I have a bunch of credit cards I've opened for their preliminary cash payout when you spend X dollars in Y months. I don't plan on using them after that, but will keep them to increase my total credit so my credit utilization is low.

My question is, if I cease to use the card ($0 balance for an extended period of time) will the credit limit still count towards my total credit availability?

I know it is possible the credit card company may cancel my card, so this question is assuming it is kept open.

3 Answers 3


Yes. If the account is open, the credit remains available to you by definition. Whether or not you utilize the credit, or whether you use it regularly, doesn't pertain to your question. Put another way, suppose you had a catastrophic emergency and had to use these lines of credit. The fact that you are able to do this means the credit is available to use.


Utilization is factored in both the overall sense and on a per trade line basis. By itself, the card looks good - your utilization is at 0%. The limit is also factored into your overall utilization. Both play a part in credit score calculation.

For example, if you have two cards with $1000 limits, and have two scenarios:

  • card A at 1000/1000, card B at 0/1000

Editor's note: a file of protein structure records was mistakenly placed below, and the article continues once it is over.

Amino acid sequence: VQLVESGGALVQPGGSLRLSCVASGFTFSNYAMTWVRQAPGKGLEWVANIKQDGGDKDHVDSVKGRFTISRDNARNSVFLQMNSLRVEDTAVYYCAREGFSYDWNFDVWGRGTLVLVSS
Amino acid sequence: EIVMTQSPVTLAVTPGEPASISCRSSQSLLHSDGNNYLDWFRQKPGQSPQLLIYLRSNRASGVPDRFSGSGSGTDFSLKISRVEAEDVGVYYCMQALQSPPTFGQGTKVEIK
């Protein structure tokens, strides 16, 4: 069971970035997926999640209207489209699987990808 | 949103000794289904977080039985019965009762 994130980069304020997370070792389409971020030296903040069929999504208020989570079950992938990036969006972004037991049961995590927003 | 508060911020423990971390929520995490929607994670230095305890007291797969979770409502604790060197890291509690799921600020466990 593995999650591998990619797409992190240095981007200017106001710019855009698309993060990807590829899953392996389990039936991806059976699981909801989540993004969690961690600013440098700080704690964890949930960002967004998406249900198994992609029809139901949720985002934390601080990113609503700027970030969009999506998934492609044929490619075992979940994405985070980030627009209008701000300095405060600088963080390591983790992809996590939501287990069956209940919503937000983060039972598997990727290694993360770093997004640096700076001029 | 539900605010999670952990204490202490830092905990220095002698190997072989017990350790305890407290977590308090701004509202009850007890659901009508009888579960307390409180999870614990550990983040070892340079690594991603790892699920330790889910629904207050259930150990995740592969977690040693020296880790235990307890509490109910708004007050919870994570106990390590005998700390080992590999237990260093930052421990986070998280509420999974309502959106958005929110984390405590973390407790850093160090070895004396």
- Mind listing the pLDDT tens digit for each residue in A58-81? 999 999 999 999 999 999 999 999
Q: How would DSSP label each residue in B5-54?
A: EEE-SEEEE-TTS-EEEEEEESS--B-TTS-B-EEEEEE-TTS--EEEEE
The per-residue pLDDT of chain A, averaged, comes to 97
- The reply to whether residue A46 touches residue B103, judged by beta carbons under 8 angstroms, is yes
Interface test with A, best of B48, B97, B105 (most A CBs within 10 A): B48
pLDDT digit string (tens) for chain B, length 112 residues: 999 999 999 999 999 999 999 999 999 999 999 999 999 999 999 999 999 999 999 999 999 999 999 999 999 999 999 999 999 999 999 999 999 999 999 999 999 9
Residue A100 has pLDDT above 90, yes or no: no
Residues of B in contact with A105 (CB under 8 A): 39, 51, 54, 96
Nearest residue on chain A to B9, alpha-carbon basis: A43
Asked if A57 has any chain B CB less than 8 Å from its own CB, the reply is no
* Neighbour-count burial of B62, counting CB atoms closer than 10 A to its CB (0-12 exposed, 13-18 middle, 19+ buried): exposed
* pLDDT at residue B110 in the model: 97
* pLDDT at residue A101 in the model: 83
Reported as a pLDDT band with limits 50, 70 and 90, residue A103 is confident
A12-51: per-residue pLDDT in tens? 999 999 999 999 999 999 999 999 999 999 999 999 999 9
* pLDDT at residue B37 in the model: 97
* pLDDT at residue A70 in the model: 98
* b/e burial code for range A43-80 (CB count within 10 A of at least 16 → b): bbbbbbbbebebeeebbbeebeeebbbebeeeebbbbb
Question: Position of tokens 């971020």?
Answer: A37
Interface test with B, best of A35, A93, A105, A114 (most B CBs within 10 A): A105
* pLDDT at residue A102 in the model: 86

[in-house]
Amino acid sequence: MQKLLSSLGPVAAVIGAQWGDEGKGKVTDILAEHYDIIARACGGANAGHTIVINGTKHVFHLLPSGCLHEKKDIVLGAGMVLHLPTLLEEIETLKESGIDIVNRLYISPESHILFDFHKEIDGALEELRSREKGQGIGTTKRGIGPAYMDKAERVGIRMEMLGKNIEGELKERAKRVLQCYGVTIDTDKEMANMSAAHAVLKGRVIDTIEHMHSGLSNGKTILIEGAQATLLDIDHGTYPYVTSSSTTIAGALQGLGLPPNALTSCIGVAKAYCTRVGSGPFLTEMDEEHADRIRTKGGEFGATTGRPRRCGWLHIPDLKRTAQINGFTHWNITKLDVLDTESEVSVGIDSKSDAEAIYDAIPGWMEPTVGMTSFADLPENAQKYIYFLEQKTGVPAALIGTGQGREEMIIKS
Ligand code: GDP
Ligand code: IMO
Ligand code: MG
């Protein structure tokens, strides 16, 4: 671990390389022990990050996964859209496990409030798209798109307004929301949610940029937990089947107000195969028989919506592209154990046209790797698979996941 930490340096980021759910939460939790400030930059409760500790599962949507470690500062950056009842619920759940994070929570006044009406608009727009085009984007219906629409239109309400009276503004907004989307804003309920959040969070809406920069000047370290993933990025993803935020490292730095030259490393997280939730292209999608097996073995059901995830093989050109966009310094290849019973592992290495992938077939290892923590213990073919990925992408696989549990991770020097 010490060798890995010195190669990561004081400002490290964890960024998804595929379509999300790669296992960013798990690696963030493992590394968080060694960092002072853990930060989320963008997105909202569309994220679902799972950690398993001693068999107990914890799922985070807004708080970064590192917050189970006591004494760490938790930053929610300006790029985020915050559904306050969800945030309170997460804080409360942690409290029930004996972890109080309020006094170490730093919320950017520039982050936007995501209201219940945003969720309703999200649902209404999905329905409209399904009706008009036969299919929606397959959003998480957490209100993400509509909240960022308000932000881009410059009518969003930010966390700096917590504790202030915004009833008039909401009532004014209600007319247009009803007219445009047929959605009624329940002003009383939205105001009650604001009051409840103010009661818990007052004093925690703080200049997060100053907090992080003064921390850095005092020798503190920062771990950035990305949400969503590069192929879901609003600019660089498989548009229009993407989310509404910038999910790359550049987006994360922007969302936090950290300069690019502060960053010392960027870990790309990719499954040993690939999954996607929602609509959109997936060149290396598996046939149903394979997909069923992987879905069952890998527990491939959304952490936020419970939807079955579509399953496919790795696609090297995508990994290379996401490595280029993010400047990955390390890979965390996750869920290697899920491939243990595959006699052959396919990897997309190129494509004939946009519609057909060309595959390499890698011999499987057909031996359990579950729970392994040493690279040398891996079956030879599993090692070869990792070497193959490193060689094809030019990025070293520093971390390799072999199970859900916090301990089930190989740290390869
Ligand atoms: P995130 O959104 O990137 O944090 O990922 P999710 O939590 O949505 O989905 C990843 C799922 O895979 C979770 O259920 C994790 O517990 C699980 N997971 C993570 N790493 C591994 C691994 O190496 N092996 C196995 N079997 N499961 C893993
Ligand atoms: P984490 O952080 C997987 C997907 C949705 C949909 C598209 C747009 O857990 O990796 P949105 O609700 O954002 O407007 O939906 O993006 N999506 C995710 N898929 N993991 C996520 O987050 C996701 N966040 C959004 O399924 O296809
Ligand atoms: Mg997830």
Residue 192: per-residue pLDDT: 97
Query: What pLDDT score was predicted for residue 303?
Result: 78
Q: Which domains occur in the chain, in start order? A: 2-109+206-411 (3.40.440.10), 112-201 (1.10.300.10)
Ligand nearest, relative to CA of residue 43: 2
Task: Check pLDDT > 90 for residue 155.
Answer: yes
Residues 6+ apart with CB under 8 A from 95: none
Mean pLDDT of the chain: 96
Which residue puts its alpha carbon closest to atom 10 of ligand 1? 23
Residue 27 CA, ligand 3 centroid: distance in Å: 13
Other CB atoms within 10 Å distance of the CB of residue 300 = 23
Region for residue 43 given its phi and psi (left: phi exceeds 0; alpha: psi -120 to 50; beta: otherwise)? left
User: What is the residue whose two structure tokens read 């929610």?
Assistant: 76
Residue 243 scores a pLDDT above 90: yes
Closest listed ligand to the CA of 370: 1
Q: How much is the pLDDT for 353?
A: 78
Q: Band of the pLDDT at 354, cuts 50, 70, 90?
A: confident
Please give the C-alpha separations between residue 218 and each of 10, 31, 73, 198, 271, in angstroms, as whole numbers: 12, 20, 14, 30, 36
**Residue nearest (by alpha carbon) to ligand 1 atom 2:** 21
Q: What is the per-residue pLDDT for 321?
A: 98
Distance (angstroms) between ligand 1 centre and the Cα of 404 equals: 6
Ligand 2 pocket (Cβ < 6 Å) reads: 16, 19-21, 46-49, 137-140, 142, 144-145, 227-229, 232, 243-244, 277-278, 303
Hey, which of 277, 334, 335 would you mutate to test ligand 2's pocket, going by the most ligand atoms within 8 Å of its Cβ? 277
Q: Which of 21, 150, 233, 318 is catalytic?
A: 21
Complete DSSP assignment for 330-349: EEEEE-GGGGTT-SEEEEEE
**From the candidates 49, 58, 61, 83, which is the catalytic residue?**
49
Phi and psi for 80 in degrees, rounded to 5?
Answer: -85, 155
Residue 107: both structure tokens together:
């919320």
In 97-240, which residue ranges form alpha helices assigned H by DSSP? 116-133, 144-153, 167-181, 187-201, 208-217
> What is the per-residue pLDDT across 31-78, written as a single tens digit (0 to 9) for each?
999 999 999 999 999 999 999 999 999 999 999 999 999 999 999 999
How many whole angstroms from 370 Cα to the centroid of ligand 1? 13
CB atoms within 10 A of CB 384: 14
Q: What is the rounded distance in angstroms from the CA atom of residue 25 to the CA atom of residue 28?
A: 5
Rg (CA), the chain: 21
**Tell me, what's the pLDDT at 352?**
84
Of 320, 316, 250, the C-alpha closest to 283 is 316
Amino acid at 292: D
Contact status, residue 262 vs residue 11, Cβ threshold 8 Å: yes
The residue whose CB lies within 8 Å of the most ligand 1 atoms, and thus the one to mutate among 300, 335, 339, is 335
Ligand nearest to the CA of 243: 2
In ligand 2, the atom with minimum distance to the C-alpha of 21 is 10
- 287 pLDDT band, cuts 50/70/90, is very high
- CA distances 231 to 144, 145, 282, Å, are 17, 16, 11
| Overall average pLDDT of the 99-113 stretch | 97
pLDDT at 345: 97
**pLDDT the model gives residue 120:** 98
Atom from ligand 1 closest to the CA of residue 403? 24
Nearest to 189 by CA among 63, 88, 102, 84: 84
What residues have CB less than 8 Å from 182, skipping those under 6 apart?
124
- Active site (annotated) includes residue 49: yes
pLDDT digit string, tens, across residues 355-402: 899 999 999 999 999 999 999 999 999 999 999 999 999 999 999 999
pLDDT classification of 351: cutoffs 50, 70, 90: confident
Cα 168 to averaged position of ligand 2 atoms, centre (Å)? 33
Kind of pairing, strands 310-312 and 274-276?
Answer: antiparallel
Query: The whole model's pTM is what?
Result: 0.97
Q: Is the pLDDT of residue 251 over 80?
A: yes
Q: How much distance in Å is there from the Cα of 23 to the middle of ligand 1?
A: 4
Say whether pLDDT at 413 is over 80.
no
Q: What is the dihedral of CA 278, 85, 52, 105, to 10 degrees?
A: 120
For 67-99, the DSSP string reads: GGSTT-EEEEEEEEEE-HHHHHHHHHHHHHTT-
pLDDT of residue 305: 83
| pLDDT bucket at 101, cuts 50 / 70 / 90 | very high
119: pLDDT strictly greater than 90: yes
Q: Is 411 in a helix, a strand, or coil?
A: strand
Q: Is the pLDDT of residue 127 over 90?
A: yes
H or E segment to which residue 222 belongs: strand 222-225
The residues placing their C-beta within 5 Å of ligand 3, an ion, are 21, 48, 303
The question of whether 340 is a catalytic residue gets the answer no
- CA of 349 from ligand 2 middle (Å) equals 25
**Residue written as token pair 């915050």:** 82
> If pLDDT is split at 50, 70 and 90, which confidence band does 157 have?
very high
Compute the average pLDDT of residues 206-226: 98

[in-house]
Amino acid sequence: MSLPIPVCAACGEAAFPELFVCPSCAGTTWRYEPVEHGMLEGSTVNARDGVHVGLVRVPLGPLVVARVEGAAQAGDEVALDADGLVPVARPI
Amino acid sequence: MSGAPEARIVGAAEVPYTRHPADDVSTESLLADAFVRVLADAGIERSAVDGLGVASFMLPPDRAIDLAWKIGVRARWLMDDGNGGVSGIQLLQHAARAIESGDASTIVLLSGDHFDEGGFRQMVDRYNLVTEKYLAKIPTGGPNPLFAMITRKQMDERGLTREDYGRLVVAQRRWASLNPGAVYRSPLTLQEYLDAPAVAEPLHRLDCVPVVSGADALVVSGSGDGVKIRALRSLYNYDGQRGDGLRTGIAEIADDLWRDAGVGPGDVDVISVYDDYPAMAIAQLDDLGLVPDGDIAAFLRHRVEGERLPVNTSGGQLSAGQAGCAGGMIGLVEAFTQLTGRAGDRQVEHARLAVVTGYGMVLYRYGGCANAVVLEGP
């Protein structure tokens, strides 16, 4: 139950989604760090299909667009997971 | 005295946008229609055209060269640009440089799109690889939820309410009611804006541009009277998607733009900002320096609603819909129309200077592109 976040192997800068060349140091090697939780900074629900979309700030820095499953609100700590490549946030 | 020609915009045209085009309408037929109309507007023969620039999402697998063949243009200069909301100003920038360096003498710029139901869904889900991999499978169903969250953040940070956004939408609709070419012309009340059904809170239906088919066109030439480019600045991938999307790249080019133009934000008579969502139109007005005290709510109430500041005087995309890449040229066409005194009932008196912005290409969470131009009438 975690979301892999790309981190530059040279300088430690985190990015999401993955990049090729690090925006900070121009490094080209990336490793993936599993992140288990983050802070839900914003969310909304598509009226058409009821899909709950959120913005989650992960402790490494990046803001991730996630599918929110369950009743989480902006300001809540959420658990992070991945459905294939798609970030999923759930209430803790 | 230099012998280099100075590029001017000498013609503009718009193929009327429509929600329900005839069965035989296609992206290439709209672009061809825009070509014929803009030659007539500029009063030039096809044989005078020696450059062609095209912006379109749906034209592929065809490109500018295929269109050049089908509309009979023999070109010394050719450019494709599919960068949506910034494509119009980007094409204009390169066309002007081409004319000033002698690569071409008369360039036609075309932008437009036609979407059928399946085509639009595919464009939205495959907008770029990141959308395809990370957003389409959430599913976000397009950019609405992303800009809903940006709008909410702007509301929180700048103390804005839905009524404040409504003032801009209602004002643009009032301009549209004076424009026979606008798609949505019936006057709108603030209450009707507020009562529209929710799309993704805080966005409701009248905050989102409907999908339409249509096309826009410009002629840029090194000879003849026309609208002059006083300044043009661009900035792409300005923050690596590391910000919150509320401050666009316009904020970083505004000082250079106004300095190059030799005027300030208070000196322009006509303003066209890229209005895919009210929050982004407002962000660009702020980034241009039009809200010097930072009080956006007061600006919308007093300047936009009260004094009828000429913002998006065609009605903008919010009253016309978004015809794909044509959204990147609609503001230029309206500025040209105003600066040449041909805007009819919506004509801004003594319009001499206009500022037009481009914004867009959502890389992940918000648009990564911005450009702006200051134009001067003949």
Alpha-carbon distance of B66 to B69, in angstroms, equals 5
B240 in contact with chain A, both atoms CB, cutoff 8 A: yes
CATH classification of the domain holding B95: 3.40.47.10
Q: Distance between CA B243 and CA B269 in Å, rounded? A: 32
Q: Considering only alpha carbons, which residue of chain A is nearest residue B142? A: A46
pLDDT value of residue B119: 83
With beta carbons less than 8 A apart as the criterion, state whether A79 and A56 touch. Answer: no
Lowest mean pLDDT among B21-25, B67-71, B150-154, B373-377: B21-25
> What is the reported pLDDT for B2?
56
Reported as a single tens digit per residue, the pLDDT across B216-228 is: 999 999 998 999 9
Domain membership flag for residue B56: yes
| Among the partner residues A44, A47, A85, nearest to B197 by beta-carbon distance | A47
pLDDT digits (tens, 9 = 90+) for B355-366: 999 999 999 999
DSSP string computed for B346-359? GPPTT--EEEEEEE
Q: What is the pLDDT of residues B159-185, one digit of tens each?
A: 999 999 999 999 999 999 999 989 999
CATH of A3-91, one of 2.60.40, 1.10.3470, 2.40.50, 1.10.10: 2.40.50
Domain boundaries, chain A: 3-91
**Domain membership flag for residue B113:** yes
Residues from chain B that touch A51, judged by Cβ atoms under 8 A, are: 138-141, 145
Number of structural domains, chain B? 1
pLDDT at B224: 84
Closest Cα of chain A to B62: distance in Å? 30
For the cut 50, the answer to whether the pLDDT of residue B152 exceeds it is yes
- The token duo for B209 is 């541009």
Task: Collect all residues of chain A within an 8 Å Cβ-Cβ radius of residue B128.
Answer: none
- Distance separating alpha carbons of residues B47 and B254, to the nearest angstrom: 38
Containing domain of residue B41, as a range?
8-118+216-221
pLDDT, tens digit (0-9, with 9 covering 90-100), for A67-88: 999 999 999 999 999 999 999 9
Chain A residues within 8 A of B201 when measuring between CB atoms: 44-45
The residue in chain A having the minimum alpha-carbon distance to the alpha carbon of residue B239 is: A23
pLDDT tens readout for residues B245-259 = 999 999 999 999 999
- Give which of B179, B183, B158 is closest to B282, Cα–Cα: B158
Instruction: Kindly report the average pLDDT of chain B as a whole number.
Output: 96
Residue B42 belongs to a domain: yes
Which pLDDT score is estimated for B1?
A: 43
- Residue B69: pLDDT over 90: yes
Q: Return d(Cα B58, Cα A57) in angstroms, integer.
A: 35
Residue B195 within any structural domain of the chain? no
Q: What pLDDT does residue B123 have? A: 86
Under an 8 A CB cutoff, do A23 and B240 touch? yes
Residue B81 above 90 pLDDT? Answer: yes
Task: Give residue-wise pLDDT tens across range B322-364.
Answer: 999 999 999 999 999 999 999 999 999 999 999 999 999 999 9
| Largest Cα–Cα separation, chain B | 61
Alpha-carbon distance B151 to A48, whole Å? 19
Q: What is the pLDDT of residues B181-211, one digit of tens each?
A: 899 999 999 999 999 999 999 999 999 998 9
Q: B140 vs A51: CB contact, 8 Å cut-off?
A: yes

• card A at 500/1000, card B at 500/1000

In both cases, you have 50% overall utilization, but in one case you have 100% on one card. Exactly how this affects your score is hard to guess and depends on the scoring model.

Keeping the card won't hurt you, other than making your life slightly more complicated. Closing it may not hurt you, depending on whether closing it significantly increases your overall utilization.

I myself don't really chase signup bonuses, but from my understanding, the "pros" aren't afraid to close cards. You don't need every possible point on your score to have great credit.


Yes, it applies. Now how it applies is another question. The short answer is those who know won't tell us. It is believed that such an account will hurt -- that part of your credit score accounts for all that you can borrow given open accounts.

  • "It is believed" is potentially misleading. Some people certainly believe this, but newer scoring models seem to not penalize for excessive available credit. Anecdotally, just ask the people with near perfect scores and 6-7 digits of cumulative credit limit.
    – Rakurai
    Jul 24, 2017 at 15:05

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